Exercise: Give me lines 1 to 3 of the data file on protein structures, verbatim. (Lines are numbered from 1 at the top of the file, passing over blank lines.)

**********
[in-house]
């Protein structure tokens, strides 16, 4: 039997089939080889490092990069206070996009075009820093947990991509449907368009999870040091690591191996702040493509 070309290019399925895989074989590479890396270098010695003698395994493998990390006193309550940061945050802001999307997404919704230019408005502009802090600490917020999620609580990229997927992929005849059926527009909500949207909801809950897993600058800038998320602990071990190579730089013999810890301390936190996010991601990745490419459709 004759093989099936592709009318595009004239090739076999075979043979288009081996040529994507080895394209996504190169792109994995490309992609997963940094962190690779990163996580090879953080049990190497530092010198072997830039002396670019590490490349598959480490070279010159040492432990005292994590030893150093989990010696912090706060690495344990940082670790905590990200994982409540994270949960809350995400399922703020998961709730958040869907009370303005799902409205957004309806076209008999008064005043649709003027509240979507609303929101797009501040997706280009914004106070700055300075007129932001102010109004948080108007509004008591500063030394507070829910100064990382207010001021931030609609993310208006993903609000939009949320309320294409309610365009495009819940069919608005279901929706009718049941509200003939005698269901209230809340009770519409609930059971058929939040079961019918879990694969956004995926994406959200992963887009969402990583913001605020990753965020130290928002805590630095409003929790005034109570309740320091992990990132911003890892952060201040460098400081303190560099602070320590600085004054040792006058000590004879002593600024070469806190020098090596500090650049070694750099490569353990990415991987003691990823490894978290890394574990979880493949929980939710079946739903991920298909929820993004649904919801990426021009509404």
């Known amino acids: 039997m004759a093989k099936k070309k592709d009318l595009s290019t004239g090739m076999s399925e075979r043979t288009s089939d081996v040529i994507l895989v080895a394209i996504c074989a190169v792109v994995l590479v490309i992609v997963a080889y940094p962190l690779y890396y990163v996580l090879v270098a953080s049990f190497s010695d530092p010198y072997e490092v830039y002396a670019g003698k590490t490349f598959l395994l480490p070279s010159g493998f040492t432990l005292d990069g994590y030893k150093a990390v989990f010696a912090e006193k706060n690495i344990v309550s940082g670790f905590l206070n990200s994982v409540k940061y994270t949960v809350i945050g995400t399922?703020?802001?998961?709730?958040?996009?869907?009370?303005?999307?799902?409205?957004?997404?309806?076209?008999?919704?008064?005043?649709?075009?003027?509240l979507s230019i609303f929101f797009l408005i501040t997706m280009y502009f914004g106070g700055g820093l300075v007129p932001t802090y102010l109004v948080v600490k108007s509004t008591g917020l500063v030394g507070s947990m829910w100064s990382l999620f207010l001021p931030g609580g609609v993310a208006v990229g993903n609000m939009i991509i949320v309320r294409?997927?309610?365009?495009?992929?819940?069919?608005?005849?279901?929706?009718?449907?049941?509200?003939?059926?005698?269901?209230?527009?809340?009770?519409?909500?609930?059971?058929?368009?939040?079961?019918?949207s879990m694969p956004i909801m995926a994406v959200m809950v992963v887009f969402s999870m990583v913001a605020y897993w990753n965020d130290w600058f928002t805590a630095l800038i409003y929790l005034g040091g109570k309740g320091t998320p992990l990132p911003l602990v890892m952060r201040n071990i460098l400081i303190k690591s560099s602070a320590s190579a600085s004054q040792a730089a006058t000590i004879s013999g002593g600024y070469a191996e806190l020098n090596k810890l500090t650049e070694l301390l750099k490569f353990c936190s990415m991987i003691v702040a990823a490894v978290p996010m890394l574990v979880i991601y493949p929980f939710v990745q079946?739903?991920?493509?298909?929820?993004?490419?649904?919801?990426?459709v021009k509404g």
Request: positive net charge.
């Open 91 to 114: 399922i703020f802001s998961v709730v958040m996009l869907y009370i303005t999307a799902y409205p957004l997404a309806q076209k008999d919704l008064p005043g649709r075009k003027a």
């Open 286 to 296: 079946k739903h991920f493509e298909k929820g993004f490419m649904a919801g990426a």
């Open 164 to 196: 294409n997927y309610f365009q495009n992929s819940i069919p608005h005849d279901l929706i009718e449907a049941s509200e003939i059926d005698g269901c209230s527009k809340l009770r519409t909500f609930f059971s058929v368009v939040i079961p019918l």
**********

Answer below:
[in-house]
């Protein structure tokens, strides 16, 4: 039997089939080889490092990069206070996009075009820093947990991509449907368009999870040091690591191996702040493509 070309290019399925895989074989590479890396270098010695003698395994493998990390006193309550940061945050802001999307997404919704230019408005502009802090600490917020999620609580990229997927992929005849059926527009909500949207909801809950897993600058800038998320602990071990190579730089013999810890301390936190996010991601990745490419459709 004759093989099936592709009318595009004239090739076999075979043979288009081996040529994507080895394209996504190169792109994995490309992609997963940094962190690779990163996580090879953080049990190497530092010198072997830039002396670019590490490349598959480490070279010159040492432990005292994590030893150093989990010696912090706060690495344990940082670790905590990200994982409540994270949960809350995400399922703020998961709730958040869907009370303005799902409205957004309806076209008999008064005043649709003027509240979507609303929101797009501040997706280009914004106070700055300075007129932001102010109004948080108007509004008591500063030394507070829910100064990382207010001021931030609609993310208006993903609000939009949320309320294409309610365009495009819940069919608005279901929706009718049941509200003939005698269901209230809340009770519409609930059971058929939040079961019918879990694969956004995926994406959200992963887009969402990583913001605020990753965020130290928002805590630095409003929790005034109570309740320091992990990132911003890892952060201040460098400081303190560099602070320590600085004054040792006058000590004879002593600024070469806190020098090596500090650049070694750099490569353990990415991987003691990823490894978290890394574990979880493949929980939710079946739903991920298909929820993004649904919801990426021009509404």
């Known amino acids: 039997m004759a093989k099936k070309k592709d009318l595009s290019t004239g090739m076999s399925e075979r043979t288009s089939d081996v040529i994507l895989v080895a394209i996504c074989a190169v792109v994995l590479v490309i992609v997963a080889y940094p962190l690779y890396y990163v996580l090879v270098a953080s049990f190497s010695d530092p010198y072997e490092v830039y002396a670019g003698k590490t490349f598959l395994l480490p070279s010159g493998f040492t432990l005292d990069g994590y030893k150093a990390v989990f010696a912090e006193k706060n690495i344990v309550s940082g670790f905590l206070n990200s994982v409540k940061y994270t949960v809350i945050g995400t399922?703020?802001?998961?709730?958040?996009?869907?009370?303005?999307?799902?409205?957004?997404?309806?076209?008999?919704?008064?005043?649709?075009?003027?509240l979507s230019i609303f929101f797009l408005i501040t997706m280009y502009f914004g106070g700055g820093l300075v007129p932001t802090y102010l109004v948080v600490k108007s509004t008591g917020l500063v030394g507070s947990m829910w100064s990382l999620f207010l001021p931030g609580g609609v993310a208006v990229g993903n609000m939009i991509i949320v309320r294409?997927?309610?365009?495009?992929?819940?069919?608005?005849?279901?929706?009718?449907?049941?509200?003939?059926?005698?269901?209230?527009?809340?009770?519409?909500?609930?059971?058929?368009?939040?079961?019918?949207s879990m694969p956004i909801m995926a994406v959200m809950v992963v887009f969402s999870m990583v913001a605020y897993w990753n965020d130290w600058f928002t805590a630095l800038i409003y929790l005034g040091g109570k309740g320091t998320p992990l990132p911003l602990v890892m952060r201040n071990i460098l400081i303190k690591s560099s602070a320590s190579a600085s004054q040792a730089a006058t000590i004879s013999g002593g600024y070469a191996e806190l020098n090596k810890l500090t650049e070694l301390l750099k490569f353990c936190s990415m991987i003691v702040a990823a490894v978290p996010m890394l574990v979880i991601y493949p929980f939710v990745q079946?739903?991920?493509?298909?929820?993004?490419?649904?919801?990426?459709v021009k509404g």